Rank confusions in rank

After retiring from various rungs of the bureaucracy, civil servants do not write Secretary or Deputy Secretary before their names, nor is the term CEO or President added before the names of those retiring from lofty positions in the corporate world. It is only in the armed forces that one has the privilege of prefixing one's name with one's rank, albeit with the words 'retired' written alongside.

The faujis bask in the glory of the highest rank achieved during their service career. Being addressed as, say, General or Major So and So sounds like sweet music to the veteran's ears. It keeps his chest puffed up. It reminds him of the long-forgotten world of valour and camaraderie, of courage and sacrifice, of survival in treacherous glaciers and deserts. But the flipside of this business is the confusion it creates in the minds of the uninitiated. Since there is no conscription in our country, the rank structure of armed forces remains an enigma to most citizens. Add to the army's myriad ranks those in the navy and air force and you have the confusion confounded.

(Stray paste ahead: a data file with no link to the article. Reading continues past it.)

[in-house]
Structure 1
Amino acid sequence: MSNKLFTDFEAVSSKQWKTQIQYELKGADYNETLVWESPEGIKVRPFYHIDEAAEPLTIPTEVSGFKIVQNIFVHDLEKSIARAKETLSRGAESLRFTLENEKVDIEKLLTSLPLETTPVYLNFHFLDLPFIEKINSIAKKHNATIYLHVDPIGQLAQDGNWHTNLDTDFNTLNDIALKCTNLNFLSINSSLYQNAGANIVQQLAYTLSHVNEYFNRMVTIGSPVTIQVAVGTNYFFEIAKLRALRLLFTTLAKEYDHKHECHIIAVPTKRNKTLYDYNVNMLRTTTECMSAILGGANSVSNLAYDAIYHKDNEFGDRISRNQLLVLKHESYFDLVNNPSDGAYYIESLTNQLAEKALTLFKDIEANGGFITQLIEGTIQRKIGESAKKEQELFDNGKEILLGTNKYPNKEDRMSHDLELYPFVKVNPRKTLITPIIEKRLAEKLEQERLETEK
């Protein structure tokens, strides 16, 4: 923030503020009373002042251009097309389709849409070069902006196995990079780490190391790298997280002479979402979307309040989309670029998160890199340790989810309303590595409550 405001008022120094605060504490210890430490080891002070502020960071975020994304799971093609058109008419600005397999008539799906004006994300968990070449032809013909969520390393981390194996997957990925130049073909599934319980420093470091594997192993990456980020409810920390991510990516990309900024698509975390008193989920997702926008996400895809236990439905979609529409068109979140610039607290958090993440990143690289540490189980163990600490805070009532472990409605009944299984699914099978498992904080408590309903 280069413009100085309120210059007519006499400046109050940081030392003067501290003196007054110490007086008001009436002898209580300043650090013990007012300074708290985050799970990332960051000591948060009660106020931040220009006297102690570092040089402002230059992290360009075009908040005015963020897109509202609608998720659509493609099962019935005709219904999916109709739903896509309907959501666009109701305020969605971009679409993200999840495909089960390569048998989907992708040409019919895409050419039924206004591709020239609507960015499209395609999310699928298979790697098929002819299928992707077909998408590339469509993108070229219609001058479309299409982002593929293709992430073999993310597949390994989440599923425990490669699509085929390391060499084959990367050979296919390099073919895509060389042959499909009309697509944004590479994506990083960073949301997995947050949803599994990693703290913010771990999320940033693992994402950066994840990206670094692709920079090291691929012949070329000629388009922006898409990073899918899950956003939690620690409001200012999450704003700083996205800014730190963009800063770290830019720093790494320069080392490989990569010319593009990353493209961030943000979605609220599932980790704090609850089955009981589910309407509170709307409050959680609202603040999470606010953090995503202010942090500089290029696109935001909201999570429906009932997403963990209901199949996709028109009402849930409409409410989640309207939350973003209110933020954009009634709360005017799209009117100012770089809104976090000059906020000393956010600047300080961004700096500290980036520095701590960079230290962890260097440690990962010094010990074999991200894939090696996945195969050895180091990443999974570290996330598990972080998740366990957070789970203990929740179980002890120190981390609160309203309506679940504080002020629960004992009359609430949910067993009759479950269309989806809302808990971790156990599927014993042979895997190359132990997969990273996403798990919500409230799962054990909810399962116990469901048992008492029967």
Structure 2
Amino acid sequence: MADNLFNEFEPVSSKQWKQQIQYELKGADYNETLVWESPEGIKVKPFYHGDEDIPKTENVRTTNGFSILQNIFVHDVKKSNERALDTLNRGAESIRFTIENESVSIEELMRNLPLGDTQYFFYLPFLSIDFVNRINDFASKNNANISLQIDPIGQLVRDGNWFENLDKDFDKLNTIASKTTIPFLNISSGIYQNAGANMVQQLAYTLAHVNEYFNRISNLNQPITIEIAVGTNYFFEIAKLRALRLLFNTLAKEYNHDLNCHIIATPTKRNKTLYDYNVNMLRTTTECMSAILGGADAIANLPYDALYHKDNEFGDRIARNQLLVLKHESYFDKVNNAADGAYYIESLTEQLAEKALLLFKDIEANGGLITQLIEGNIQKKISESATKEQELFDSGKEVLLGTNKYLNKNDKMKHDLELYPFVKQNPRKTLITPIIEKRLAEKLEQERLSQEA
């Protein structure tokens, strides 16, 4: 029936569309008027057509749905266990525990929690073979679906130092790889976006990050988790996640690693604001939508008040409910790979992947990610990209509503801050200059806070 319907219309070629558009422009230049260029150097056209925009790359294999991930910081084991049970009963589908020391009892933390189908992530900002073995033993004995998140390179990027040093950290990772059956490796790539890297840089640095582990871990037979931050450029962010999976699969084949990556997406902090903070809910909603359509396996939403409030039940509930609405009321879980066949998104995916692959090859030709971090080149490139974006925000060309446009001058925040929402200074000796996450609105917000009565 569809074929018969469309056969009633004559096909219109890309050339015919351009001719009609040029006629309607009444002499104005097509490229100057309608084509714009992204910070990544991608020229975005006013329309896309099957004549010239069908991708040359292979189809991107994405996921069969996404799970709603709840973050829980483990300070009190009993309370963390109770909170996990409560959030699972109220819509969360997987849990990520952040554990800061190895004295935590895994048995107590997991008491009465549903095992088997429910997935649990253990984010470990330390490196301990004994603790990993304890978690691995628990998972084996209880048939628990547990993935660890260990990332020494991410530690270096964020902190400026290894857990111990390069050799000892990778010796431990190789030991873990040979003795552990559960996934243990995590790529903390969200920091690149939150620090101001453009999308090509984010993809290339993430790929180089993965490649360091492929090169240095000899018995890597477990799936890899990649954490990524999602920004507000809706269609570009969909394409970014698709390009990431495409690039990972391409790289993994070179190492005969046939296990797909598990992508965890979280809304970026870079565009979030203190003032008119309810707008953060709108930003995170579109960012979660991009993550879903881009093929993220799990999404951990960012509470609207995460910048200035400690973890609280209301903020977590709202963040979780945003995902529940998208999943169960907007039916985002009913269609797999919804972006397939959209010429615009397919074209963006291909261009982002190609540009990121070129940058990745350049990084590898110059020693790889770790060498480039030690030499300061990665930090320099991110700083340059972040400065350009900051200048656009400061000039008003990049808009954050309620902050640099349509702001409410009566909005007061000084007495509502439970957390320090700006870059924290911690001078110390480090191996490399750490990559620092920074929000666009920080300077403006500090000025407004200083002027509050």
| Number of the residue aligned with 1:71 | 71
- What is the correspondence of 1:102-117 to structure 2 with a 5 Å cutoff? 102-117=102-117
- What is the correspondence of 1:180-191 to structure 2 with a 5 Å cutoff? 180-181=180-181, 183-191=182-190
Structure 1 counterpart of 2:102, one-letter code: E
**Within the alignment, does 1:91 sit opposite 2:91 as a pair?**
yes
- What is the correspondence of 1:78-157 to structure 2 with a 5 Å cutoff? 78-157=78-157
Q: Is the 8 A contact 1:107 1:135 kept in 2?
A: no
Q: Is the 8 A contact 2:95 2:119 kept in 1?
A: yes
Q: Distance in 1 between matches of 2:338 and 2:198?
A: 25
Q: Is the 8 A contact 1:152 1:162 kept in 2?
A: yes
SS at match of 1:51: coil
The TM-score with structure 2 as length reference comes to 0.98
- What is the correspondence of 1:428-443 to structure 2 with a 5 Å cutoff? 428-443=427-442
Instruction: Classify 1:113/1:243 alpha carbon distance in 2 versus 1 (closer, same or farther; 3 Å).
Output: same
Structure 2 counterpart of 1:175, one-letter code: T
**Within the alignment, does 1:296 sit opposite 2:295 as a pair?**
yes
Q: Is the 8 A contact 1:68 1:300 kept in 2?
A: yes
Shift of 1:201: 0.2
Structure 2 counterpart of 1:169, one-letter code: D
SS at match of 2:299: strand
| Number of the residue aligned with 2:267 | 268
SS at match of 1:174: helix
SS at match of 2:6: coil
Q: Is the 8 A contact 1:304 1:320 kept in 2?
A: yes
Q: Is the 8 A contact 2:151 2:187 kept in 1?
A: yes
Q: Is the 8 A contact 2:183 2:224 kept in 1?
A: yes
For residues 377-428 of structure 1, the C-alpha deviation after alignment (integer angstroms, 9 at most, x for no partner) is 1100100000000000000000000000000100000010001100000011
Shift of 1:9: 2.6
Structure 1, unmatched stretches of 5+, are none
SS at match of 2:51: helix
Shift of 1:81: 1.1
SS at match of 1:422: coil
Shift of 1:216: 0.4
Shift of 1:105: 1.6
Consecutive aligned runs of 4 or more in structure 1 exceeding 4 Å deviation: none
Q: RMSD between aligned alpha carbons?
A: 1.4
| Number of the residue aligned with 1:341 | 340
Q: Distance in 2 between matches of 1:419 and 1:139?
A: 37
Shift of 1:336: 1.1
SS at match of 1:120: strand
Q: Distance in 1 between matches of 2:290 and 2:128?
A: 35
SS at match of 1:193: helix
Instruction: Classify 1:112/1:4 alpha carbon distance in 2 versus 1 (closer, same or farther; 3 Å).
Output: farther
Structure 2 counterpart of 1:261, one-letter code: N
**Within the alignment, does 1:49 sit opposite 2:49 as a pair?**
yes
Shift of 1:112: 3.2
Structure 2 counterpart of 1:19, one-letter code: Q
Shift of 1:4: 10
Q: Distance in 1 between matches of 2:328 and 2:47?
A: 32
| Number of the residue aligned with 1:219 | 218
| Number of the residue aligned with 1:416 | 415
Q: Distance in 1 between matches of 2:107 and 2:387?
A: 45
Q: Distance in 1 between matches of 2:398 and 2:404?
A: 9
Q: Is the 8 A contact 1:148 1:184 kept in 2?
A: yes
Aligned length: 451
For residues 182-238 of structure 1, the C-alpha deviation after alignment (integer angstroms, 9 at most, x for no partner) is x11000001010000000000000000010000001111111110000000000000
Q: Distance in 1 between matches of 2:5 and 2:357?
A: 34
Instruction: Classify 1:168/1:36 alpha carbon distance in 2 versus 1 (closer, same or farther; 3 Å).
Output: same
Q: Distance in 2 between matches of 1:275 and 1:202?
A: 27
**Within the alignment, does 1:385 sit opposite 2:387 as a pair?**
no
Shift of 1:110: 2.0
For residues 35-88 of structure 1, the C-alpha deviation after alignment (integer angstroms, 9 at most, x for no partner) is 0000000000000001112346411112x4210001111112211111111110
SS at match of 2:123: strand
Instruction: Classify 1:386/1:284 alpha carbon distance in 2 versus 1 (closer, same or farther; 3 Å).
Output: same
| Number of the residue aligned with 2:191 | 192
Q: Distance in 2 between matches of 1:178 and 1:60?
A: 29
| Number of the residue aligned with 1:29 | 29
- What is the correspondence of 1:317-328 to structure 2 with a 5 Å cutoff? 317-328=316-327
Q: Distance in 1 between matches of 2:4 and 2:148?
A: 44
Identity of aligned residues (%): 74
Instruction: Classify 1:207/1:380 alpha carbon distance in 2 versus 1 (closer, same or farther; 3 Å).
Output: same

The problem begins with the very first rank in the commissioned hierarchy. The Second Lieutenant fights shy of calling himself a First Lieutenant after getting his first promotion. The next promotion brings him the best-understood rank of Captain. But if you are planning to go on a cruise or a flight with your Captain, you are in for a disappointment. Such captains are found only in civil aviation or Merchant Navy. If you have the Indian Navy in mind, your Army Captain gets promoted by three notches there, as a Captain in the Indian Navy is equivalent in rank to a Colonel.

The next rank, Major, used to be ubiquitous as a very large number of officers retired from this rank till a few years back. But nowadays, this distinction goes to the rank of Lieutenant Colonel. If you meet a Lieutenant Colonel's boss, you would find him clarifying that he is a "Full Colonel" although no such rank exists.

Brigadiers do not create any incongruity. But to compensate, those in the next two higher ranks add glamour to confusion. One who calls himself a Major General is, in fact, a Minor General and the one who calls himself a Lieutenant General is actually a "Leftout" General. Generally speaking, a General should have been on top of the heap but it is a Field Marshal who has a field day.

In informal chats, Lt Colonels are addressed as 'Colonel' and Major Generals and Lt Generals as 'General.' That reminds me of the lady who kept addressing a Major General as "Major" instead of " General." Later, someone asked him for his reaction to this impropriety. He said, "Thank God, I am not a Rear Admiral."
Things are no less confusing in the navy and the air force. More about them in another piece in these columns. After all, who likes a bulge in the Middle?

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